…the book by Henry Miller Patrick Barlow had lent her, which she was reading with such mild surprise. (‘What does this word mean, Richard?’ ‘Truly? Well I suppose it had to be called something.’ How had she lived so long without knowing? he wondered.)
Wow. I must read everything now.
Rating: Five slices of gooseberry pie. LOTS of pie mentions!
Today would be the longest time she had ever spent with him, and her happiness brimmed over. It was bliss to have this lying ahead of her – the train journey, his company all the time, the Vivaldi records perhaps, and Mrs Clarke’s cold game pie.
Thoughts by Sarah Vowell, Simon & Schuster 2002, 197 pages
Challenge: Litsy Book Spin Bingo
Genre/Theme: Nonfiction / Politics and Citizenship, History
Type/Source: Hardcover / used book store $1
What It’s About: Essays on politics, former presidents and their libraries, some travel, some celebrity commentary, some US to Canada comparison, and more.
Thoughts: I have read two more of her books – her first was published prior to this: Take the Cannoli in 2000 and the second one after The Wordy Shipment 2008 having somehow missed Assassination Vacation from 2005. She produces a new collection every 2-4 years, it seems. She is on the radio and probably is a guest on bunches of podcasts? maybe? but otherwise, I don’t know what she’s up to. She’s not on Twitter, which is a shame but I totally understand.
Reading about voter restrictions, election fraud accusations, assaults on democracy… and realizing she is referencing the political climate of the turn of the decade (century!) into the 2000s — makes me both annoyed and fearful and weirdly relieved; things never change, nothing is new.
Thoughts by Lewis Carroll, Aerie Books Ltd 1992 (orig (1871), 112 pages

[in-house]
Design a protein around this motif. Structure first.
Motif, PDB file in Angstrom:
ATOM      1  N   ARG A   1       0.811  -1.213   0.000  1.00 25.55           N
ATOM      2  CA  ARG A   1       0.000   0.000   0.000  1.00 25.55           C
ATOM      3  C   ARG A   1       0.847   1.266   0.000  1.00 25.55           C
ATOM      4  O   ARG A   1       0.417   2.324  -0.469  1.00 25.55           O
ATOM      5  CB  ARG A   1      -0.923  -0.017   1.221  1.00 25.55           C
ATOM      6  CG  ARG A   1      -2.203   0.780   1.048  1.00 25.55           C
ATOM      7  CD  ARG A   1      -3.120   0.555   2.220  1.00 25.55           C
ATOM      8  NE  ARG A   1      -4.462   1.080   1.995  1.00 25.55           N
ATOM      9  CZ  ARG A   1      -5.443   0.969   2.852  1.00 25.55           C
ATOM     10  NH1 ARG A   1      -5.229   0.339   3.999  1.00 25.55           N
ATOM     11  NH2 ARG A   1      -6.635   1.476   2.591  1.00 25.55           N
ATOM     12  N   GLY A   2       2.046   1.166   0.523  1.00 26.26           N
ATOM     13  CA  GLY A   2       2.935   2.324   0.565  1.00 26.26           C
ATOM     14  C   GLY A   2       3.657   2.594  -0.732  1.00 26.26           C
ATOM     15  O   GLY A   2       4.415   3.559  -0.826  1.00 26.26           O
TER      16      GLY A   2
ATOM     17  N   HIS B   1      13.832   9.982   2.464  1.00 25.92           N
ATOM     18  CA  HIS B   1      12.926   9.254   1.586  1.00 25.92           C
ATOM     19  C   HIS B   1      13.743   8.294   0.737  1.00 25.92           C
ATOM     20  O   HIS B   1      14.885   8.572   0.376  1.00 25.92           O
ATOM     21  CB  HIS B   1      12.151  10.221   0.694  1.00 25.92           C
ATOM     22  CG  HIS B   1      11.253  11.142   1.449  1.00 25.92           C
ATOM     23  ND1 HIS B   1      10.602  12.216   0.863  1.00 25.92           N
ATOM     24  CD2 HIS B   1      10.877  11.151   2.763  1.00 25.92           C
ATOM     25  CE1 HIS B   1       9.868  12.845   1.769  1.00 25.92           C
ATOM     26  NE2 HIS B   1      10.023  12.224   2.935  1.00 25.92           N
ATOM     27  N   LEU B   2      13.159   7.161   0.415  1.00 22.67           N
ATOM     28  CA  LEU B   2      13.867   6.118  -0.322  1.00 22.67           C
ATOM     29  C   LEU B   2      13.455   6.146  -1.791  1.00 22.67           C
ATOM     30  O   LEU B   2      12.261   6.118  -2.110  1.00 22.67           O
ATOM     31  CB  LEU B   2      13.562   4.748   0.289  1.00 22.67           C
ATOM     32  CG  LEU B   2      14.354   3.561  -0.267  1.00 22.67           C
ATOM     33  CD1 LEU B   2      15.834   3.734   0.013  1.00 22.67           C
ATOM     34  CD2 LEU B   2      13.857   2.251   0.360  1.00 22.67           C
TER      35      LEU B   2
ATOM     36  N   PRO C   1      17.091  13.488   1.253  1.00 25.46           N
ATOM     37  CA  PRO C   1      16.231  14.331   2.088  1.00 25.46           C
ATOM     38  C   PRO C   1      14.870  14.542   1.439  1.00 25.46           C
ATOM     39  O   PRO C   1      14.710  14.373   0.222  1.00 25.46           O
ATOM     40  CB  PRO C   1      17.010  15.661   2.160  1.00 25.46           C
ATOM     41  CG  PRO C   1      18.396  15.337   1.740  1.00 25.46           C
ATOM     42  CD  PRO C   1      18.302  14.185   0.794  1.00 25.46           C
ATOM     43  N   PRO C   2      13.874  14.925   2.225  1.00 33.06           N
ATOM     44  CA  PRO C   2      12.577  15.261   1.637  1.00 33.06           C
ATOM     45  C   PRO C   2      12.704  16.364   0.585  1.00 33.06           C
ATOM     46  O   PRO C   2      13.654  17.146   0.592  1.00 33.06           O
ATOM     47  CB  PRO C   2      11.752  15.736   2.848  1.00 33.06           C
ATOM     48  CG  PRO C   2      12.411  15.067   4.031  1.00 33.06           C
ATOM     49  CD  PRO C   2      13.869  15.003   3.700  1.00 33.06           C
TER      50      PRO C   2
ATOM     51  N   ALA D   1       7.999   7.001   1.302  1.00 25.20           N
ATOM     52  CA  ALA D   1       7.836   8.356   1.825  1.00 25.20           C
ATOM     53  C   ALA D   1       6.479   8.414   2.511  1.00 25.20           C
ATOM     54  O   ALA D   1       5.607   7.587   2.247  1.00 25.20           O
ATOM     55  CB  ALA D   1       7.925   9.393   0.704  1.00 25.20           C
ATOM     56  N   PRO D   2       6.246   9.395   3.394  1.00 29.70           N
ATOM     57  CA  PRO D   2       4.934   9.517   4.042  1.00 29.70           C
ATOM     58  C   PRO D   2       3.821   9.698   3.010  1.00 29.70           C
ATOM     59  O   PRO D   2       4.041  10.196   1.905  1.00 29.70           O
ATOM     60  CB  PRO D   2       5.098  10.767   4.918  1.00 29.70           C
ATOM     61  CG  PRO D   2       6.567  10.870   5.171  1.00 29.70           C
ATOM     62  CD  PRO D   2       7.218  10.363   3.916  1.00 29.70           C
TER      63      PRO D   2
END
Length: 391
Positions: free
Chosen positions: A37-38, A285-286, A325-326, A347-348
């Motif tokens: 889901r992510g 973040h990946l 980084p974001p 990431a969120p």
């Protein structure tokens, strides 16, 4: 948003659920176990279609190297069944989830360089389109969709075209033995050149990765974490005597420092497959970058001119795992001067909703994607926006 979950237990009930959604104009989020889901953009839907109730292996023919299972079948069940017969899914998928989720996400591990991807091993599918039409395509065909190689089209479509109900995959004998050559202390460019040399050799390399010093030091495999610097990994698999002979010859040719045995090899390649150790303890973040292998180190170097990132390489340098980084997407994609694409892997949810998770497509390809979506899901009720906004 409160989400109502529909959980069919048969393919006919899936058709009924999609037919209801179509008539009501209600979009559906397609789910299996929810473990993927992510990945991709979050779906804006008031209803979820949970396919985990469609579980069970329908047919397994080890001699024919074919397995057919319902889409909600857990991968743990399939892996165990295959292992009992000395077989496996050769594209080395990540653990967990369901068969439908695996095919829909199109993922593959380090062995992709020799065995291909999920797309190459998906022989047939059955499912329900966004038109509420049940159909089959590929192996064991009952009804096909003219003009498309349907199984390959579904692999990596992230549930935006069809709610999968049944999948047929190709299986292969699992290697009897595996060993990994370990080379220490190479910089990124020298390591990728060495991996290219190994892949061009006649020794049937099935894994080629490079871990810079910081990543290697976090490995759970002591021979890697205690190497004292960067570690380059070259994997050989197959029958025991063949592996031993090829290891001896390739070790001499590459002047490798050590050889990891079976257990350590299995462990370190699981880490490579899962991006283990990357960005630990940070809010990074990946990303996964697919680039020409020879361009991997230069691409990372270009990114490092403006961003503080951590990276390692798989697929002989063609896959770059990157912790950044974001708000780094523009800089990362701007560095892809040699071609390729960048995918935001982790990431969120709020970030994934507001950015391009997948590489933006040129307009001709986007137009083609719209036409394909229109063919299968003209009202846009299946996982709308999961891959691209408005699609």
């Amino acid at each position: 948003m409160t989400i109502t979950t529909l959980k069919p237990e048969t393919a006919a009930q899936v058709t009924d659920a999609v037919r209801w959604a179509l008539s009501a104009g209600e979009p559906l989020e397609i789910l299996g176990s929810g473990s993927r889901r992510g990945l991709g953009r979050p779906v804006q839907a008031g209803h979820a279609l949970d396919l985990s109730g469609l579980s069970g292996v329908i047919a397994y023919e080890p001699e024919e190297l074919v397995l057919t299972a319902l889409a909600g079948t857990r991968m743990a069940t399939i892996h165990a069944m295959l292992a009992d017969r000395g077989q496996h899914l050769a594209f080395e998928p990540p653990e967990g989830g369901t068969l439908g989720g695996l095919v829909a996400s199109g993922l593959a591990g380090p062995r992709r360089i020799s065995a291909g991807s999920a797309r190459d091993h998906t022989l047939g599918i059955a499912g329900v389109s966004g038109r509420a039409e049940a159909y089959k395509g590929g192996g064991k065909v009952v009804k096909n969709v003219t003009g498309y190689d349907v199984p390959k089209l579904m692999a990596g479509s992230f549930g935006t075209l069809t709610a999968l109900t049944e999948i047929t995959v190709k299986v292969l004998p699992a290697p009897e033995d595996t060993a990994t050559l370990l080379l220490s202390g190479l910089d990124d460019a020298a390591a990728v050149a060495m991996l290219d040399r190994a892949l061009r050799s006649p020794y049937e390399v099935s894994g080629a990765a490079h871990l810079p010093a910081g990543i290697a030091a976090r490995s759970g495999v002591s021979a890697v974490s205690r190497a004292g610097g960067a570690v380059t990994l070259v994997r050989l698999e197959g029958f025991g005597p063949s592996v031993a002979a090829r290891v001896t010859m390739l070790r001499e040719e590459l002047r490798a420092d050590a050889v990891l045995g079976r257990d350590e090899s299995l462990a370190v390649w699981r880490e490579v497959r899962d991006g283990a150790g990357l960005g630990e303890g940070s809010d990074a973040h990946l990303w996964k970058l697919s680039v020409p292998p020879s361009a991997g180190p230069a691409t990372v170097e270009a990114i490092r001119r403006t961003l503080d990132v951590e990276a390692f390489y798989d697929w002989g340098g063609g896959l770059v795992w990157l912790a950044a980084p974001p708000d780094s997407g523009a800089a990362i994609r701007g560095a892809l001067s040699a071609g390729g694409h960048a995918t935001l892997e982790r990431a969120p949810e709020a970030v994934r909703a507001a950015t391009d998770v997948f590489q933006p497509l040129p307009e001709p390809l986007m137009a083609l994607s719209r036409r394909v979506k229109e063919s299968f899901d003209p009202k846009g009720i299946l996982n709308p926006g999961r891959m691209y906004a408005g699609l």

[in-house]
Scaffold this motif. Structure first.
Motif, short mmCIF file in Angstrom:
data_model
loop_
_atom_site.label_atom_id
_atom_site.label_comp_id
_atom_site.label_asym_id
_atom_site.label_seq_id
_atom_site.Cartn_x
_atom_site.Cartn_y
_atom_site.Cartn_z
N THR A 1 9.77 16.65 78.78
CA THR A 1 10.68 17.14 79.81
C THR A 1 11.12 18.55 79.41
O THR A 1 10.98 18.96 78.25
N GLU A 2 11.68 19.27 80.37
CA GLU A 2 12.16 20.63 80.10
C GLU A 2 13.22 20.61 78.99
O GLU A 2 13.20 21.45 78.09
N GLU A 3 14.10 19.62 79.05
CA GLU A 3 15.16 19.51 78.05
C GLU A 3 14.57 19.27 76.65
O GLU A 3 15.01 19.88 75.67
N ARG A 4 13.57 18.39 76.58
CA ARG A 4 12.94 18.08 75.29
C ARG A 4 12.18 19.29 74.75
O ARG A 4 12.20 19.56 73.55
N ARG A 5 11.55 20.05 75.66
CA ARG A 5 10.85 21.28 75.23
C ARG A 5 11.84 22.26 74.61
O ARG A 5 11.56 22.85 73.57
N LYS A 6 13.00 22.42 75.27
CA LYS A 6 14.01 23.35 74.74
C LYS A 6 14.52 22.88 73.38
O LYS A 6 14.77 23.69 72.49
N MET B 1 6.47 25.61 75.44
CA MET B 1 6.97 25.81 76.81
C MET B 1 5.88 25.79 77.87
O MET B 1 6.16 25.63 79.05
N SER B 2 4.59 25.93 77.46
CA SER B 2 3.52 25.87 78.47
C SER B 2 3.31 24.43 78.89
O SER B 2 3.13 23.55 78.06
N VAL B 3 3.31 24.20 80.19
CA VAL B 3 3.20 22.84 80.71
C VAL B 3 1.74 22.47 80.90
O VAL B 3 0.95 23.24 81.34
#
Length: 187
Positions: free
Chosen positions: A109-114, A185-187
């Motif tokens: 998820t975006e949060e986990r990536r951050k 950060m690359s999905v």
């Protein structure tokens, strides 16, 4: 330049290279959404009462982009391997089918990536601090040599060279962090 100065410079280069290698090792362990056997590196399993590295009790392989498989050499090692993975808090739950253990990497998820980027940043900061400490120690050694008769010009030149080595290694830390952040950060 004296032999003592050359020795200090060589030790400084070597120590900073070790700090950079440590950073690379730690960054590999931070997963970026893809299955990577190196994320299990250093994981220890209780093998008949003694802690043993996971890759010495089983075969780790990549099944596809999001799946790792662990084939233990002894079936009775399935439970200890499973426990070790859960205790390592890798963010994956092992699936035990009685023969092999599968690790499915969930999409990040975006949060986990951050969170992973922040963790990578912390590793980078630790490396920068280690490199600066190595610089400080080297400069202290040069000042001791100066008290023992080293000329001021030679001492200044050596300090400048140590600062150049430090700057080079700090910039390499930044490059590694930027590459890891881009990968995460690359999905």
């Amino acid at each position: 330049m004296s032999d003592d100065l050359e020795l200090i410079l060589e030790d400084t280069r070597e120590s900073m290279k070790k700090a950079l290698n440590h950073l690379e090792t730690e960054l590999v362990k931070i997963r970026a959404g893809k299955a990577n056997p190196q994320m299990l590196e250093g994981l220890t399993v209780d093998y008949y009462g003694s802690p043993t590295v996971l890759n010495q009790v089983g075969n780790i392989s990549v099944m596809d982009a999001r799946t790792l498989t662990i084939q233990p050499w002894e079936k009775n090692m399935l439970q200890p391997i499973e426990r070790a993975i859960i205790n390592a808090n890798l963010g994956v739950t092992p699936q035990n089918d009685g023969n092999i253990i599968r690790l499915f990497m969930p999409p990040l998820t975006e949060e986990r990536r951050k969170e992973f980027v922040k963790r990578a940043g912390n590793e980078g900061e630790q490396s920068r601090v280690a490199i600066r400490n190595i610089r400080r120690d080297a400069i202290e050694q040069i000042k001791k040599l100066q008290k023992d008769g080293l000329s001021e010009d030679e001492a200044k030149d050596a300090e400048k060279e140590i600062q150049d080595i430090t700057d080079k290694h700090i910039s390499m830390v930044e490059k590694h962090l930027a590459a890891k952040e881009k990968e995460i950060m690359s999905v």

Challenge: Litsy Book Spin! #DoubleSpin, actually
Genre/Theme: Children’s Book
Type/Source: paperback / used book store $1
What It’s About: A little girl has fantastical adventures with talking animals, size-alternating mushrooms, nonsensical tea parties, and games of croquet with moving parts and beheadings. Yikes!
Thoughts: I really wasn’t all that keen on reading this having attempted it once and for whatever reason just didn’t appeal. But that nagging thought that “I *REALLY* should read this” and maybe even a touch of FOMO had me put it on my second Classic Club 50.
It was better than I thought it would be.
Rating: Fours slices of pie.
” I passed by his garden, and marked, with one eye,
How the Owl and the Panther were sharing a pie”
Ok, so let’s talk Litsy: I’m doing all the things this October! (If you want to know the details of it, I can give you the person who hosts and how to find her explanation page. It’s difficult to find by searching for some odd reason.) The photo above shows my October Book Spin Bingo card. My next post will feature the other spin number that I’ve read. I read the DoubleSpin before the Spin Spin, by mistake.
Once I finish my current audiobook of Invisible Man by Ralph Ellison — I’ve got over 6 hours yet to go — I will have BINGO! and if I can get Ask Again, Yes! by Mary Beth Kean completed, I’ll have another BINGO! woot, woot!
Explore the Goodreads > Groups –> Tourney Folder HERE <– (not sure if you have to join? I don’t recall how that works but I think it is set to public-view)
I’m so excited!
So far, Pachinko advances over The Animators, Skippy Dies defeats Idaho, Version Control over Girl.Woman.Other (I *hate* commas in book titles), and Homegoing wins over There.There!
That was last week.
This week, so far, A Tale for the Time Being triumphs over Never Let Me Go and The Tsar of Love and Techno narrowly escapes over Nothing to See Here‘s Fire Kids.
This is getting GOOD. All of the judgments have been wonderful to read and cheer for. I can’t argue with any of them. According to my favorites in order (see below), I should be a bit disappointed but let’s remember – -these are FAVORITES! so I can’t be upset.
(Honestly? I had forgotten that I had place Tsar the top of the top. I made this list before the bracket was announced.)
The Tsar of Love and Techno, Milkman, Life After Life, Version Control, A Tale for the Time Being, Nothing to See Here, Homegoing, The Animators, Pachinko, Idaho, Never Let Me Go, Girl♥Woman♥Other, Stephen Florida, Skippy Dies, Exit West, There♠There
For the rest of the week, I hope Life After Life prevails and Milkman conquers.
*** Updated: Stephen Florida wins over Life After Life.. 10/20/21
*** Updated: Milkman is selected over Exit West 10/21/2021
Then… we’ll just have to see what happens! My vote for top 8:
Which is your favorite?
Are you going to drop everything once the TOB Long List is announced for 2022?!?!?! I will…